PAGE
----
Tag Archives: wildflowers

Butterflies, Dragonflies and the flowers that attract them

We’ve got a few wildflowers to attract the birds and butterflies.  I don’t know what most of them are.  I think the ones I enjoy most are the ones that are not so obvious.  They are like a hidden treasure when I stumble upon something I haven’t previously noticed.  Look at these adorable little blue flowers!  The flower isn’t even as big as my little fingernail.

blue, yellow and white wildflowers
Tiny wildflowers

The Western Swallowtail butterfly is such a busy little thing!  I haven’t seen one land yet!  It’s really hard to get a focused photo of a butterfly when they won’t sit still.

Western Swallowtail
Western Swallowtail

A dragonfly’s head is almost all eyes.  I just read, this morning, about dragonflies:  A funny fact is that the dragonfly has 6 legs but cannot walk.  Dragonflies have up to 30,000 facets in each eye, with a 360 degree view, but they can’t see details very well.  Humans can see better than a dragonfly but only to the front and side.

dragonfly
Male, Whitetail Skimmer dragonfly

This is a male, Whitetail Skimmer dragonfly.  The female’s body is brown instead of white.

Wild Bearries

The salmonberries are the first to come on – and they’re here!  I like them a little bit riper though.

Salmonberries
Mouthwatering Salmonberries

I see a new white wildflower and zoom in.  I thought the brown things were the seed tops of grass.  But they are actually flowers too.

It’s amazing what you can see if you take the time to look closely (metaphor alert!  I don’t have to spell it out for you, do I?).

2 Wildflowers - white and brown
2 Wildflowers – white and brown

I don’t know what kind of ferns these are but they grow like grass.

ferns
We have tall, spindley, ferns

Then we have the ones that grow in clumps.

ferns
We have clumpy ferns that unfurl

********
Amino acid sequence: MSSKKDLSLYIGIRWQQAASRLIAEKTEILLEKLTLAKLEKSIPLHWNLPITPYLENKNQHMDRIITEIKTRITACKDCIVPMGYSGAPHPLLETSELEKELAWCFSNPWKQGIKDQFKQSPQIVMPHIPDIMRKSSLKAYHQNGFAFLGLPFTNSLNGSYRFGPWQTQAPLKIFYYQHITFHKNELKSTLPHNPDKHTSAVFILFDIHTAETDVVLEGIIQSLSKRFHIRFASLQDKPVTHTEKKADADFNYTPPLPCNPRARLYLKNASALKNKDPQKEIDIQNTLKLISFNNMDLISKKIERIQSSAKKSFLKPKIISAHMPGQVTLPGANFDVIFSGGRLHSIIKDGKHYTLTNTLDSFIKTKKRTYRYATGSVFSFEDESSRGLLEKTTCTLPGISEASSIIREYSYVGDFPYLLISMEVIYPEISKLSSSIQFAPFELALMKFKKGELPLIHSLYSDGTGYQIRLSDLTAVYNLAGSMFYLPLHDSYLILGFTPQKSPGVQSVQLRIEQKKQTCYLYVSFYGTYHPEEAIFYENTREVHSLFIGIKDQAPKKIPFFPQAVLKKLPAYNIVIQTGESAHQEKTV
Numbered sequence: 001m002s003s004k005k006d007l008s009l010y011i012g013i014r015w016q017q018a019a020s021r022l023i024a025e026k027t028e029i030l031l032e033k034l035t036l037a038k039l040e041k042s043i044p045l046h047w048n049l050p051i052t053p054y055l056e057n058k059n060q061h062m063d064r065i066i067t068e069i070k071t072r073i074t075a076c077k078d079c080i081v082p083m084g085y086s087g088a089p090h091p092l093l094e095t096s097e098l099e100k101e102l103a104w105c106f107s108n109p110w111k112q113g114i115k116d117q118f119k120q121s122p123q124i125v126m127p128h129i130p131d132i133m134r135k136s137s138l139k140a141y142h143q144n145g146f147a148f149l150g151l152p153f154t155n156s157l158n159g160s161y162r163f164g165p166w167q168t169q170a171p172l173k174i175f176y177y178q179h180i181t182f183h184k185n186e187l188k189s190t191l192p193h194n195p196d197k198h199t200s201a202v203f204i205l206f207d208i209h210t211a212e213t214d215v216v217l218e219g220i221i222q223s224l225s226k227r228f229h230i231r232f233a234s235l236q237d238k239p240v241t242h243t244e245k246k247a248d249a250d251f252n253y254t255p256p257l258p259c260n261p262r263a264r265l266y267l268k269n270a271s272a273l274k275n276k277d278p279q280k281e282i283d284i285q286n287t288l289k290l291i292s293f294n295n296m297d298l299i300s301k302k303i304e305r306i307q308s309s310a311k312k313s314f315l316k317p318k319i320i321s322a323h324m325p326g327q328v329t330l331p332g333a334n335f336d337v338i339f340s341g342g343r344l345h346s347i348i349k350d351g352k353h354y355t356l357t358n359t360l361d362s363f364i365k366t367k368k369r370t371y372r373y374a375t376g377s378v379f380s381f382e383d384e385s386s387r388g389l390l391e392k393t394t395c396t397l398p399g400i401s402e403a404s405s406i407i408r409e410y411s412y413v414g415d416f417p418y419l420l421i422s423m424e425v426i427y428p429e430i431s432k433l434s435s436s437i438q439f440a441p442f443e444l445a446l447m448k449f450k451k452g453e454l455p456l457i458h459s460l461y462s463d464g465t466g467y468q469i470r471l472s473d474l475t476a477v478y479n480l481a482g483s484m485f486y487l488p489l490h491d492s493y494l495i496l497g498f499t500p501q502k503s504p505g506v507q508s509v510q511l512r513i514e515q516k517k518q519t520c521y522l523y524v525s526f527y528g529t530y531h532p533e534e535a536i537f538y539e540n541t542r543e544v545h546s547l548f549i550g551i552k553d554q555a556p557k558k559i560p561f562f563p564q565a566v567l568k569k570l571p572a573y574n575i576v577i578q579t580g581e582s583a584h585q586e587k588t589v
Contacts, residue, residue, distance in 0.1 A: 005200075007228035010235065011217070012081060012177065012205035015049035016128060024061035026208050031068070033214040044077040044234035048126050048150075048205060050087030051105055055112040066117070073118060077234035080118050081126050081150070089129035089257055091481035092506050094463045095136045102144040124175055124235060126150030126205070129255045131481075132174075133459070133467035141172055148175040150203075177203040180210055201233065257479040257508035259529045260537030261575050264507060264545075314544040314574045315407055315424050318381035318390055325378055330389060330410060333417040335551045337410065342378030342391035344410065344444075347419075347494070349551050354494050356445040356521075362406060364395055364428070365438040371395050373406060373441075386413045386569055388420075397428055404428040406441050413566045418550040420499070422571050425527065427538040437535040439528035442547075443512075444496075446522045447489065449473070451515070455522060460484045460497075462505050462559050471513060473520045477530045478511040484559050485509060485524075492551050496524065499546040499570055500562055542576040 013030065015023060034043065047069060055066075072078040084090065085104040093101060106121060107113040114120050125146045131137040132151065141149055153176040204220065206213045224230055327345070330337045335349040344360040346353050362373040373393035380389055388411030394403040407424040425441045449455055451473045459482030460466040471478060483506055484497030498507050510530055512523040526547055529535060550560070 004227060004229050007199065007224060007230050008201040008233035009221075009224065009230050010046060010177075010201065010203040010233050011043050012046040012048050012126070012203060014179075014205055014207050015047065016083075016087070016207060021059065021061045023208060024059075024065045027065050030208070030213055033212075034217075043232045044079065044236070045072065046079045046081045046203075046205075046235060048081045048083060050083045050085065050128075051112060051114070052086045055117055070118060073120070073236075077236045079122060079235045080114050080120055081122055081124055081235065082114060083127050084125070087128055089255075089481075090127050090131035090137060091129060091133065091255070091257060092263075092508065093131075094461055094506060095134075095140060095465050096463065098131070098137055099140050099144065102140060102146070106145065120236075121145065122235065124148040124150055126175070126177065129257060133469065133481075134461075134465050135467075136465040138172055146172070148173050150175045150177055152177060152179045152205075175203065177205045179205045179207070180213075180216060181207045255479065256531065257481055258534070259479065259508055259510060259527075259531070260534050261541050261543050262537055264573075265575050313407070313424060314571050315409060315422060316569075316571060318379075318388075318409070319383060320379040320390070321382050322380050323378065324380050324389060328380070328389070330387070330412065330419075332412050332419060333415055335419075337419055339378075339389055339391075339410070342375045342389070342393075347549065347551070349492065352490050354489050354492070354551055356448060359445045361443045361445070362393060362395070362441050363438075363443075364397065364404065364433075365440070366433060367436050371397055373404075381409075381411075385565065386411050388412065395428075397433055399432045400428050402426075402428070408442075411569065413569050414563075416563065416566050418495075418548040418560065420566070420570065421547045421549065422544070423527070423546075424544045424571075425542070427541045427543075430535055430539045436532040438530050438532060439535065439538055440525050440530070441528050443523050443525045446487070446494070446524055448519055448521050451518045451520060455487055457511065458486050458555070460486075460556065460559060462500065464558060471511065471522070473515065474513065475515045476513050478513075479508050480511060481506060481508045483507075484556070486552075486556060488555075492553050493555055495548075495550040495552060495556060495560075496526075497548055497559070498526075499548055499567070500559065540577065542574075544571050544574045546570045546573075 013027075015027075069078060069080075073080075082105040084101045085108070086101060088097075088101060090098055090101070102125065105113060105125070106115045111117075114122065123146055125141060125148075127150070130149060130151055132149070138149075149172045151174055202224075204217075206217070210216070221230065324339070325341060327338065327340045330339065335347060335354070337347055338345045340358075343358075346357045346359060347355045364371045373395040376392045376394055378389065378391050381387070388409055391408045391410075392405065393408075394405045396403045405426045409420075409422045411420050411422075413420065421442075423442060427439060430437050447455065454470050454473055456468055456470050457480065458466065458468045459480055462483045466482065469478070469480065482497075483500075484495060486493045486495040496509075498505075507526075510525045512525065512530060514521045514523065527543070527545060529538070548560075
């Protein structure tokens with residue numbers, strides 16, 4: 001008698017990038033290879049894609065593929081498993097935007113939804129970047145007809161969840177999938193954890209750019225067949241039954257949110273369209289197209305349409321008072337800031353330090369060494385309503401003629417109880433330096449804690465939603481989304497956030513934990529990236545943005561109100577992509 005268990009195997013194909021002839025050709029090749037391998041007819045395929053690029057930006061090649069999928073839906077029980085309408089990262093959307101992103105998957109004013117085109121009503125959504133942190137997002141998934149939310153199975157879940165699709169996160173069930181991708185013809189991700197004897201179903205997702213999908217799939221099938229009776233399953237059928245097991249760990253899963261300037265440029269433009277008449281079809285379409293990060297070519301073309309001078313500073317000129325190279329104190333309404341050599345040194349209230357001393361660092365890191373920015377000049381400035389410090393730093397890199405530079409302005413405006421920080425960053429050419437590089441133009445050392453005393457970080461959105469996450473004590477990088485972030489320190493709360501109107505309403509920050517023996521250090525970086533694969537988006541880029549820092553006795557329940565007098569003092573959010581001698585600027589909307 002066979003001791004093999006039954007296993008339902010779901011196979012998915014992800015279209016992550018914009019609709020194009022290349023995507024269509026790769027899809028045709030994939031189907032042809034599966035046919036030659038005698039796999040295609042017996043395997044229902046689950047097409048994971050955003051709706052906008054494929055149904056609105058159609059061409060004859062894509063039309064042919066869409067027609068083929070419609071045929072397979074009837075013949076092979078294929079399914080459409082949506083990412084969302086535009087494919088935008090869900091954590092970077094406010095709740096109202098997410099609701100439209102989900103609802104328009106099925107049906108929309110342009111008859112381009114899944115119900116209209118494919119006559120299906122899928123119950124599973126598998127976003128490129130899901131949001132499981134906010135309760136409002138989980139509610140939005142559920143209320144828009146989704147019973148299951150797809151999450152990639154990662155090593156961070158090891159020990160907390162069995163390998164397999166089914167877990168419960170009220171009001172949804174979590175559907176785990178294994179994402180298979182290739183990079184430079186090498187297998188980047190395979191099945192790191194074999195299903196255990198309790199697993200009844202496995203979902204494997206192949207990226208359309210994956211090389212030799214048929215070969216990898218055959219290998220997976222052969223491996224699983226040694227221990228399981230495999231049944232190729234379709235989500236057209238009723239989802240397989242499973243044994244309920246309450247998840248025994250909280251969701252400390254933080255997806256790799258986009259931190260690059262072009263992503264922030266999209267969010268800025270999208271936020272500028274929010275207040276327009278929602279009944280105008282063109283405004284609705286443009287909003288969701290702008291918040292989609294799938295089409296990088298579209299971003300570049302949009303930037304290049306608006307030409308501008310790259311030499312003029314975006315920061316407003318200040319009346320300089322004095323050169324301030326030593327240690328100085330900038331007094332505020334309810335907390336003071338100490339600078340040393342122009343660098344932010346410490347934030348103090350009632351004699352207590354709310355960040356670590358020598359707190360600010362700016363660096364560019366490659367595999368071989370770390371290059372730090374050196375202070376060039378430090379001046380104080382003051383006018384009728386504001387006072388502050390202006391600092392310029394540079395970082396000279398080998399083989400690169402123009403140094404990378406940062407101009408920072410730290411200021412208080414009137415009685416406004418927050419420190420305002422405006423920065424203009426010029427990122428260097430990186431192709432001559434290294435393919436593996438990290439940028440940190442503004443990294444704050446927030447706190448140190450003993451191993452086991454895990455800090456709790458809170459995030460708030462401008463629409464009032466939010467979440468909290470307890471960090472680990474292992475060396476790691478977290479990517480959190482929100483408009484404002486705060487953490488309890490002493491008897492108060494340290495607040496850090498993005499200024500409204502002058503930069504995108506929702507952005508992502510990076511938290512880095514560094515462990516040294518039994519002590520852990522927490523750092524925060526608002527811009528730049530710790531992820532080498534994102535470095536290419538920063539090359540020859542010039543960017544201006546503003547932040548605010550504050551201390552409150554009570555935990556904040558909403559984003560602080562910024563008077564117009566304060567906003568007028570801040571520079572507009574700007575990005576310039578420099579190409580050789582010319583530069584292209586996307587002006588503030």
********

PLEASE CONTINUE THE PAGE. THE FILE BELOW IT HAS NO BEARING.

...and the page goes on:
I like the curly ends and the way they unfurl in the spring.

Elk Track?
Elk Track?

So I’m wandering around looking for more wildflowers…

Who did this?!
Who did this?!

…and see this!  Where are my scat experts?  Would you say bear?  It is definitely NOT elk.

Well, actually, after a little research I found out that if elk have a rich diet they can poop a pie too.  Since I didn’t see any bear tracks, I’m thinking this has to be an elk pie.

Wildflower Season

Before we started workamping I thought wildflower season lasted for about a month in the spring.

Lodgepole Campground, near Heber City, UT
Fancy Pink

But I learned something by spending 3 – 5 months in a campground.

Lodgepole Campground, near Heber City, UT
Bright and Delicate

I have been continually amazed at the wildflowers that bloom throughout the summer.

Lodgepole Campground, near Heber City, UT
Tiny Trumpets

No matter what part of the country we’re in, desert or mountains or rain forests, we seem to see a new variety of wildflower bloom every week!

Lodgepole Campground, near Heber City, UT
Just after the snowmelt

I guess the dates on the photos don’t really demonstrate my point.

Lodgepole Campground, near Heber City, UT
Giant White Columbine

But being a camp host is a busy job.

Lodgepole Campground, near Heber City, UT
Blue Bells

And these are just a few of the wildflowers from half a summer in Lodgepole Campground, near Heber City and Strawberry Lake in Utah.

 

How to deal with rain

How do we deal with so much rain in the northwest?

Skunk Cabbage
Skunk Cabbage